Washington: The words "zen" and "child" may not exactly go together, but that hasn`t stopped a growing number of parents from home schooling their kids in the art of yoga, meditation and relaxation.
A University of California, Los Angeles study found second- and third-graders who practiced "mindful" meditation techniques for 30 minutes twice a week for eight weeks had improved behavior and scored higher on tests requiring memory, attention and focus than the nonmeditators.
Another study of more than 3,000 children in the San Francisco Unified School District found a dramatic improvement in math test scores and overall academic performance among students who practiced transcendental meditation, a form of mediation that promotes relaxation and "an awakening" of the mind.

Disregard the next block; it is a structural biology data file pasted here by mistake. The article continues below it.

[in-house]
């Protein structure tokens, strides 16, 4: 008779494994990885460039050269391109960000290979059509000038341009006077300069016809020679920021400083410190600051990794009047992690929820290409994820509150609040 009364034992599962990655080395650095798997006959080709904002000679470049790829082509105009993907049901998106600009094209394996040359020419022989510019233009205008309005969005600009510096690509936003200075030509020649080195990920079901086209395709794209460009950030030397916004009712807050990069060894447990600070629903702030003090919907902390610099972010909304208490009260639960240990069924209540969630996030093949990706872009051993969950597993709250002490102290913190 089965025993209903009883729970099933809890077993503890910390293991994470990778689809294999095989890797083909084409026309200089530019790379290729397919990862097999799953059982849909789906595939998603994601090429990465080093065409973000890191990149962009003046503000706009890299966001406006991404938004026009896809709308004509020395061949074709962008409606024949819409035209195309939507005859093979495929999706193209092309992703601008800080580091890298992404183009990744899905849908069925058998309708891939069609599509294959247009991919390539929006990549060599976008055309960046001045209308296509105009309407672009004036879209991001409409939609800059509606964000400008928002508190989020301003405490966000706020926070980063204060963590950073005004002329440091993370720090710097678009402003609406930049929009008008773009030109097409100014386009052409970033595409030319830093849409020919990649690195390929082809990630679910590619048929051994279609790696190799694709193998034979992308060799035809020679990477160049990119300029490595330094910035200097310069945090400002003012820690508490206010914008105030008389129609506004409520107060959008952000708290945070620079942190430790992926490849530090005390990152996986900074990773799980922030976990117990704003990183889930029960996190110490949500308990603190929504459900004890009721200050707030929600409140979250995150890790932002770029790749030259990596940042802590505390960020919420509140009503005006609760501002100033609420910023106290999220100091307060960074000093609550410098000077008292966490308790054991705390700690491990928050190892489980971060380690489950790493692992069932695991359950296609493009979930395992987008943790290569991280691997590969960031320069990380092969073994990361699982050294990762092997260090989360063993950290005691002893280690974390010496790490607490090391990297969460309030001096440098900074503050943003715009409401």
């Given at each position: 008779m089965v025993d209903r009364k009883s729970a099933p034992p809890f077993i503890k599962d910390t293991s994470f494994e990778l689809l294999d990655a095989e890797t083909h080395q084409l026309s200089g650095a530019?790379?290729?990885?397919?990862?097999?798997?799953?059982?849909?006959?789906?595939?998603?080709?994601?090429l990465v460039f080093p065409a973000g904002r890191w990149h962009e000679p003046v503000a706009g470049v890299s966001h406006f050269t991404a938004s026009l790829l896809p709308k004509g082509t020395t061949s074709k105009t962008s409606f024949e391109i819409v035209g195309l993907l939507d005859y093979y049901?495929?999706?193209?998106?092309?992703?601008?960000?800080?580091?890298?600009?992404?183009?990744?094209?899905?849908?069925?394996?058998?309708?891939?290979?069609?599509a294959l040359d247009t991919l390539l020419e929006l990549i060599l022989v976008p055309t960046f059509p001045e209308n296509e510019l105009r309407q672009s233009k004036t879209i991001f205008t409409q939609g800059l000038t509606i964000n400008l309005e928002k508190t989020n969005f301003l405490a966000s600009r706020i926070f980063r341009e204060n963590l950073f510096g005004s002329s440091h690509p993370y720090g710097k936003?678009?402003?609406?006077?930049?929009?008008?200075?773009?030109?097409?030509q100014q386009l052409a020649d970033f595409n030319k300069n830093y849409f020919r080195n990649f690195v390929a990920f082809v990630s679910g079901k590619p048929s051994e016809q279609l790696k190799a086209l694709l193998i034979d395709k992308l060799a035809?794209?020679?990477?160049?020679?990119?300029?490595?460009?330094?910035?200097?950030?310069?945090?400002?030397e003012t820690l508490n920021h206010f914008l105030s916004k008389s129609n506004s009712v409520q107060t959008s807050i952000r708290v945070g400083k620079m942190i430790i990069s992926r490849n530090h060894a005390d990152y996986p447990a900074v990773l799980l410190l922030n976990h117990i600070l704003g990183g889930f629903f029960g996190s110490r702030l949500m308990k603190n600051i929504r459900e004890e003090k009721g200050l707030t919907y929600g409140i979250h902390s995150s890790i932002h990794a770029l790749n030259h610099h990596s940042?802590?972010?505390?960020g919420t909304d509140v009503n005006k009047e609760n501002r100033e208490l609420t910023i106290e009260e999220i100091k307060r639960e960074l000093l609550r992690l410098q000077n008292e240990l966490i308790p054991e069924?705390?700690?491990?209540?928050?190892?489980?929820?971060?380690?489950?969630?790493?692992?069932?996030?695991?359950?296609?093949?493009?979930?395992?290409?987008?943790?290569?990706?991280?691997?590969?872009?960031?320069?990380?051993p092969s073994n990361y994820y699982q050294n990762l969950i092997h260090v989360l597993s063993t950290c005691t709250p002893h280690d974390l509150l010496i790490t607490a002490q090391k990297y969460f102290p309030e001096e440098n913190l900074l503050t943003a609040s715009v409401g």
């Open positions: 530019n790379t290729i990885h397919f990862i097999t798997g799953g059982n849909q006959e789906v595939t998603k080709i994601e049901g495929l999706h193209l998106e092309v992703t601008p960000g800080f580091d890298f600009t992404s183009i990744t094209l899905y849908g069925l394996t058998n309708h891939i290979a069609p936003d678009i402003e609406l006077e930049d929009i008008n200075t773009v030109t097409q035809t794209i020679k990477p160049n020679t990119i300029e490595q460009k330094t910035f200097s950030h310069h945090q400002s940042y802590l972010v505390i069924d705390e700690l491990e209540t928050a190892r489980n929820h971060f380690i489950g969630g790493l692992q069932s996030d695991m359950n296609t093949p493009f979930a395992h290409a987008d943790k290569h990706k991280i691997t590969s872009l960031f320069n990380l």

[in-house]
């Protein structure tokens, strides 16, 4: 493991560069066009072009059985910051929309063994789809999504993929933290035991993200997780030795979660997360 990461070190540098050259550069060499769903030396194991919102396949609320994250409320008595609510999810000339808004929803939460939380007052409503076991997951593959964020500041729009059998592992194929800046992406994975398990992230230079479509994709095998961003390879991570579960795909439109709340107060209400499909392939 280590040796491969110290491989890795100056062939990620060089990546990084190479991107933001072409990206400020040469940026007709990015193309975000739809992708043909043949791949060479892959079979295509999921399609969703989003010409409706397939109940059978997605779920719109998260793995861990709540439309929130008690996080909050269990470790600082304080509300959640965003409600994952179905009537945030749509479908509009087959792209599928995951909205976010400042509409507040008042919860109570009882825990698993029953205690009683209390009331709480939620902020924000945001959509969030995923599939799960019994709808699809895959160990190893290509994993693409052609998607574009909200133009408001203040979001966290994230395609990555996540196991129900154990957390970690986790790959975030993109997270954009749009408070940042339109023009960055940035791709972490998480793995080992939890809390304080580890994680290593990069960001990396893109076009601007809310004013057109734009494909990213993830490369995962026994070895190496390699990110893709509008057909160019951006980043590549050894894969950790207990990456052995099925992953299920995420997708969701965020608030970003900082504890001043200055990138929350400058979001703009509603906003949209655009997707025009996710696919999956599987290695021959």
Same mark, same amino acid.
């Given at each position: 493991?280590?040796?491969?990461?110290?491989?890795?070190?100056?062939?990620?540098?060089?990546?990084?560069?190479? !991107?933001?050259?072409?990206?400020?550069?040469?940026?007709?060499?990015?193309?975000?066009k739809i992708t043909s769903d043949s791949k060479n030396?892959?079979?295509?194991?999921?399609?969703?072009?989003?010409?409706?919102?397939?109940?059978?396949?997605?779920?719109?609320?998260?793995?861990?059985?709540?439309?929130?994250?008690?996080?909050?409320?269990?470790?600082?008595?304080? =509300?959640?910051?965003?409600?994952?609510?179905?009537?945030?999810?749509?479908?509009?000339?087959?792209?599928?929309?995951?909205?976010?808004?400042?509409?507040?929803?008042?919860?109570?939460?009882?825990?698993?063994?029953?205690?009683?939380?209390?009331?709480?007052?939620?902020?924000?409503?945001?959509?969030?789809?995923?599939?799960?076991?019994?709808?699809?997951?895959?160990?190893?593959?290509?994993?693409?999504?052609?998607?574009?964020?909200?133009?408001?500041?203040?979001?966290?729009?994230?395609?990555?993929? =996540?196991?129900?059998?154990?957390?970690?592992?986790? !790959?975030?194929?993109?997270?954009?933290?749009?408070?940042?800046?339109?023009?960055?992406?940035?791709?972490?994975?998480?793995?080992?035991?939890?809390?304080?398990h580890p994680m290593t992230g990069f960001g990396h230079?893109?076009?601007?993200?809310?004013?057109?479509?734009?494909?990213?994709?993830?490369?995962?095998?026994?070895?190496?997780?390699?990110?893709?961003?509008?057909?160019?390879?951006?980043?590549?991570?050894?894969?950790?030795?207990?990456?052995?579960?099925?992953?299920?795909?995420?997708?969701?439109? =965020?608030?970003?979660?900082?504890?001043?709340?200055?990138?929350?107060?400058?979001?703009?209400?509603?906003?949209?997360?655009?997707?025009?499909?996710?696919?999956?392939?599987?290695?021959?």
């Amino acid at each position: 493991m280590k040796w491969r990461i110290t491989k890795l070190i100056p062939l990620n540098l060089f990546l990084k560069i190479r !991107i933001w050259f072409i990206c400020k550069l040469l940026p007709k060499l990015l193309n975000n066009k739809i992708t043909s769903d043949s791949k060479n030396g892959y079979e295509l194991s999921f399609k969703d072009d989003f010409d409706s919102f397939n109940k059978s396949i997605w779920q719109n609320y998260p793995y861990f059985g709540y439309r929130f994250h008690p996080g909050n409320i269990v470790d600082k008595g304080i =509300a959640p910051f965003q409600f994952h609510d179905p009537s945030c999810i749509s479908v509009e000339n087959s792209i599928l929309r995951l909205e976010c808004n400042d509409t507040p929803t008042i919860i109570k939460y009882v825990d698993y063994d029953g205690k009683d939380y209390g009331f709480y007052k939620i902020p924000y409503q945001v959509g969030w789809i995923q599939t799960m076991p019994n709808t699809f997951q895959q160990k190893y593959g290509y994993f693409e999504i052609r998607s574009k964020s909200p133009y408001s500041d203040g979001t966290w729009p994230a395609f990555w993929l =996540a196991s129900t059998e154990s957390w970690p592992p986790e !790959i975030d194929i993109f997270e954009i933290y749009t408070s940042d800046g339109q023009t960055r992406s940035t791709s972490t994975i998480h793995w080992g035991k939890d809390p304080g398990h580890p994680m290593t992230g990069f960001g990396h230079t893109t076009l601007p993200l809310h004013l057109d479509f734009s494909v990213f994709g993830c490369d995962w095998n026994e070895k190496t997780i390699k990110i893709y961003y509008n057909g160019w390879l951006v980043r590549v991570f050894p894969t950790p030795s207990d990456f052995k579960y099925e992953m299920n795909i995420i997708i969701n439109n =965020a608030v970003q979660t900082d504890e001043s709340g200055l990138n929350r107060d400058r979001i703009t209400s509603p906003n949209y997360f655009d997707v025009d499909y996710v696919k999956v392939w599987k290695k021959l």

The study also found a decrease in student suspensions, expulsions and dropout rates, ABC News reported.
And other recent studies have demonstrated the ability of "mindfulness" techniques, especially those used in meditation, yoga and tai chi, to reduce impulsiveness, control emotions and ease stress.
Children today are certainly more stressed out than their parents likely realize.
One in five children said they worried a lot or a great deal about things going on in their lives, and more than 30 percent admitted to such stress-related symptoms as difficulty sleeping, according to the American Psychological Association`s annual Stress in America report.
Yet, the same report found that only 8 percent of parents were aware that their children experienced any stress at all.
Despite some high-profile Hollywood interest, kids meditation is mainly a grassroots movement that is slowly gaining a toehold in schools, small studios and homes across the US.